Although DTLS is based on TLS, they are two different things. Whereas DTLS is built on UDP, TLS uses Transmission Control Protocol (TCP). TLS cannot go directly on top of UDP because it’s unable to cope with the packet loss or reordering that may occur.
In this instance, the TLS handshake layer will assume that handshake messages have been delivered reliably, and will break the connection if messages get lost. Because its mission is to deliver data reliably and with end-to-end encryption via TCP, it can’t be used to secure unreliable datagram traffic.
DTLS is also designed to deliver authenticated and encrypted application data, but it enables lower latency—which means it can process a very high volume of data messages with minimal delay. As we mentioned in the previous section, DTLS solves the problems of reordering or packet loss using a retransmission timer.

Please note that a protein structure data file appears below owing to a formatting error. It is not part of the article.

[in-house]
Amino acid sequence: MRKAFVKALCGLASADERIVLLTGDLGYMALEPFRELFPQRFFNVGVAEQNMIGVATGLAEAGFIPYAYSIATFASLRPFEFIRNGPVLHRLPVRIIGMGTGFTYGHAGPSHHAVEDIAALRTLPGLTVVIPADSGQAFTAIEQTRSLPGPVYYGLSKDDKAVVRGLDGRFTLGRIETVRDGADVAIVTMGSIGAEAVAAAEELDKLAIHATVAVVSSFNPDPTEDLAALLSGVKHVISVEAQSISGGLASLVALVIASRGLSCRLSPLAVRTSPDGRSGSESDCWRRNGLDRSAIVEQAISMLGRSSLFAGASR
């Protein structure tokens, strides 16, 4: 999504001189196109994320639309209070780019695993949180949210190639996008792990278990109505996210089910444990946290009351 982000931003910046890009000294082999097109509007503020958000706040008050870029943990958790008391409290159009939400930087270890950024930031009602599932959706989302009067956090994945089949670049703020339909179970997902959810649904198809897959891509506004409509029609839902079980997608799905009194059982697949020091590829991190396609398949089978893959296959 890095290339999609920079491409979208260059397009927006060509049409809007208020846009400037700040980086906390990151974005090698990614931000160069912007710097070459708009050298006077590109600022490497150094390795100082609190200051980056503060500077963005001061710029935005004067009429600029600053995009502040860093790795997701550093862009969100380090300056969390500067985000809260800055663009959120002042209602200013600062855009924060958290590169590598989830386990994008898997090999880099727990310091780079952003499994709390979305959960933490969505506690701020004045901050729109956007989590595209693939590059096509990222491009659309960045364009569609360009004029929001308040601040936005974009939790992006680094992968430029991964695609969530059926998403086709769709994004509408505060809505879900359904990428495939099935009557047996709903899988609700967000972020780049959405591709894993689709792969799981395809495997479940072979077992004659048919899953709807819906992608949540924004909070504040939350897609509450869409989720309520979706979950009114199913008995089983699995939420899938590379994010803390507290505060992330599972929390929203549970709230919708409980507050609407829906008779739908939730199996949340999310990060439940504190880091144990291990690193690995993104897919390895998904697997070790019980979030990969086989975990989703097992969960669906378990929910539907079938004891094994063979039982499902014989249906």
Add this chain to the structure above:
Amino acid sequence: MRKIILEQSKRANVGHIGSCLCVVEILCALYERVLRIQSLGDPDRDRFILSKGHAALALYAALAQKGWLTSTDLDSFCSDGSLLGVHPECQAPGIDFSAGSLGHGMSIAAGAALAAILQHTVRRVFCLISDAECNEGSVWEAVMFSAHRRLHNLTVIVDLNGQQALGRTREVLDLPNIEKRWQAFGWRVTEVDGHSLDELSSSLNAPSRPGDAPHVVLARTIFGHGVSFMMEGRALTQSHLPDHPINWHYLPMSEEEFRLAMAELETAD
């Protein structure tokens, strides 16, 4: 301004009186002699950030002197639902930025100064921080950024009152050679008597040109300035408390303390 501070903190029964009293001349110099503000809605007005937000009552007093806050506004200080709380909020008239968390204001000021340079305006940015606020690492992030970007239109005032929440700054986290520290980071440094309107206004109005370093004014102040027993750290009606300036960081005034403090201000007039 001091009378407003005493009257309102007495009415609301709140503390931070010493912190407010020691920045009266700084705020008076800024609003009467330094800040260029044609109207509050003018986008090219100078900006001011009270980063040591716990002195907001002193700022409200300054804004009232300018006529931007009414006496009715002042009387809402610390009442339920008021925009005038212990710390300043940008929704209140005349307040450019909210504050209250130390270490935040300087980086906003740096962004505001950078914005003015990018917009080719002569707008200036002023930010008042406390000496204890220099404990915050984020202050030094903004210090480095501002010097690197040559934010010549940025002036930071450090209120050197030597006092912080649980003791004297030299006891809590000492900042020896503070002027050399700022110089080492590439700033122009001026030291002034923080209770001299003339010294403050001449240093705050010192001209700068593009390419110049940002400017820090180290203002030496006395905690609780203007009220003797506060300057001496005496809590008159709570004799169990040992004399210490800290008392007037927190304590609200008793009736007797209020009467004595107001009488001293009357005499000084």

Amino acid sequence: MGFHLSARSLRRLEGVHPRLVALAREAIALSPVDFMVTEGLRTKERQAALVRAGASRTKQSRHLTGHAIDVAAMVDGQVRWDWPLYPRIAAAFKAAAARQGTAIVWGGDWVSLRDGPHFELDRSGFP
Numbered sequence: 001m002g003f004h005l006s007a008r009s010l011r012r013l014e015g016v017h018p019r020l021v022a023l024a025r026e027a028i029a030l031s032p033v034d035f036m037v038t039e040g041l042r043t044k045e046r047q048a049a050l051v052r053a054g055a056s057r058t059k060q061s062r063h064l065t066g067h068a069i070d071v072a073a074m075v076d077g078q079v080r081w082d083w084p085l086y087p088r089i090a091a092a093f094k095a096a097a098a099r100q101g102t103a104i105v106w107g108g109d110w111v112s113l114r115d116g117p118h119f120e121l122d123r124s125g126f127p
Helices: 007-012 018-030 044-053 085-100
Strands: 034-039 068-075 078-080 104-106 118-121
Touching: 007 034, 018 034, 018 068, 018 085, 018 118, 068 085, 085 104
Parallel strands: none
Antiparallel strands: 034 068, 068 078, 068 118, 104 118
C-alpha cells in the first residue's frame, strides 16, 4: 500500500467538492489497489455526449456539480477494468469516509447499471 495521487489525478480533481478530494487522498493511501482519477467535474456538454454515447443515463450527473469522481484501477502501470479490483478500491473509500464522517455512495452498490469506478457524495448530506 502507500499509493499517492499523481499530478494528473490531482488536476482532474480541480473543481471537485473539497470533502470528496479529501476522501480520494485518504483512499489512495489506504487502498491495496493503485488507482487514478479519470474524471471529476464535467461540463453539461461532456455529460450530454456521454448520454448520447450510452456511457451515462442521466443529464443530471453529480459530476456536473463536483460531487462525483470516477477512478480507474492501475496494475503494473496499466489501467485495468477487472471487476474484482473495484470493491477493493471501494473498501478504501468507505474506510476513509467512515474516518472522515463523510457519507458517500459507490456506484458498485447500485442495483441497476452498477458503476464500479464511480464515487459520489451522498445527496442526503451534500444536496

TLS’s traffic encryption layer does not allow packets to be decrypted independently, since the integrity check depends on the sequence number. DTLS uses explicit (rather than implicit) sequence numbers to resolve this.
However, there are many similarities. DTLS is basically a datagram-compatible version of TLS, specifically designed so that minimal changes are required to solve the problems that TLS can’t fix. Since DTLS is so similar, pre-existing TLS protocol infrastructure and implementations can be reused.
Advantages of DTLS
Handles unreliable transport layers
When TLS (and its predecessor, SSL) was developed, most applications used TCP—so the limitations of UDP didn’t present much of a problem. But a growing number of application layer protocols have been designed to use UDP transport, including Session Initiation Protocol (SIP), Real Time Protocol (RTP), and various gaming protocols.
Users could turn to IPsec (Internet Protocol Security), but it’s not particularly suitable for client-server application models. DTLS, as we’ve seen above, is specifically built to handle unreliable transport layers, and doesn’t suffer from delays that occur with streaming protocols.